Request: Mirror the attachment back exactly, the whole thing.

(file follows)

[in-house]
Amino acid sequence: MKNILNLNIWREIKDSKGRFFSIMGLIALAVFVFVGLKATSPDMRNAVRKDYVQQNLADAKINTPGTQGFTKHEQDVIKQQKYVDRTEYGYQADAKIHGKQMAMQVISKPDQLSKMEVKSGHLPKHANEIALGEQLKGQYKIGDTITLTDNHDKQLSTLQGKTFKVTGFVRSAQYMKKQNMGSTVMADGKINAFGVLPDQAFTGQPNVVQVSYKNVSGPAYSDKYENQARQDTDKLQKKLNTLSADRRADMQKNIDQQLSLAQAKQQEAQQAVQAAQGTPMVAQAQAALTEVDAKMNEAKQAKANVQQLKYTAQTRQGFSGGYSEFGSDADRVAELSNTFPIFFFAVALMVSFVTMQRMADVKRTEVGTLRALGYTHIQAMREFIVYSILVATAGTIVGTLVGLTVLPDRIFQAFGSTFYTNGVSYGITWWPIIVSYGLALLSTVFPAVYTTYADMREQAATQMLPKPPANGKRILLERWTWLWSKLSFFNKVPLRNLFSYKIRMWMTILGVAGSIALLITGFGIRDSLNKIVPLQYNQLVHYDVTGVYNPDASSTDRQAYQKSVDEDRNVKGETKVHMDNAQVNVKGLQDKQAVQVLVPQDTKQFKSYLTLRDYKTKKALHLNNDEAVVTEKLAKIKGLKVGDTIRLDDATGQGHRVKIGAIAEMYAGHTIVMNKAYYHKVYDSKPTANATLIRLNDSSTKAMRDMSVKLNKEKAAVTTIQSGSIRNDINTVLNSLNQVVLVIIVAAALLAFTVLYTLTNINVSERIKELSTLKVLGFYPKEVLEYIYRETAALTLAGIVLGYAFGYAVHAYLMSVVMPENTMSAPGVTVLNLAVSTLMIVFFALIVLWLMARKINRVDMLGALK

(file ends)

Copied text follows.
[in-house]
Amino acid sequence: MKNILNLNIWREIKDSKGRFFSIMGLIALAVFVFVGLKATSPDMRNAVRKDYVQQNLADAKINTPGTQGFTKHEQDVIKQQKYVDRTEYGYQADAKIHGKQMAMQVISKPDQLSKMEVKSGHLPKHANEIALGEQLKGQYKIGDTITLTDNHDKQLSTLQGKTFKVTGFVRSAQYMKKQNMGSTVMADGKINAFGVLPDQAFTGQPNVVQVSYKNVSGPAYSDKYENQARQDTDKLQKKLNTLSADRRADMQKNIDQQLSLAQAKQQEAQQAVQAAQGTPMVAQAQAALTEVDAKMNEAKQAKANVQQLKYTAQTRQGFSGGYSEFGSDADRVAELSNTFPIFFFAVALMVSFVTMQRMADVKRTEVGTLRALGYTHIQAMREFIVYSILVATAGTIVGTLVGLTVLPDRIFQAFGSTFYTNGVSYGITWWPIIVSYGLALLSTVFPAVYTTYADMREQAATQMLPKPPANGKRILLERWTWLWSKLSFFNKVPLRNLFSYKIRMWMTILGVAGSIALLITGFGIRDSLNKIVPLQYNQLVHYDVTGVYNPDASSTDRQAYQKSVDEDRNVKGETKVHMDNAQVNVKGLQDKQAVQVLVPQDTKQFKSYLTLRDYKTKKALHLNNDEAVVTEKLAKIKGLKVGDTIRLDDATGQGHRVKIGAIAEMYAGHTIVMNKAYYHKVYDSKPTANATLIRLNDSSTKAMRDMSVKLNKEKAAVTTIQSGSIRNDINTVLNSLNQVVLVIIVAAALLAFTVLYTLTNINVSERIKELSTLKVLGFYPKEVLEYIYRETAALTLAGIVLGYAFGYAVHAYLMSVVMPENTMSAPGVTVLNLAVSTLMIVFFALIVLWLMARKINRVDMLGALK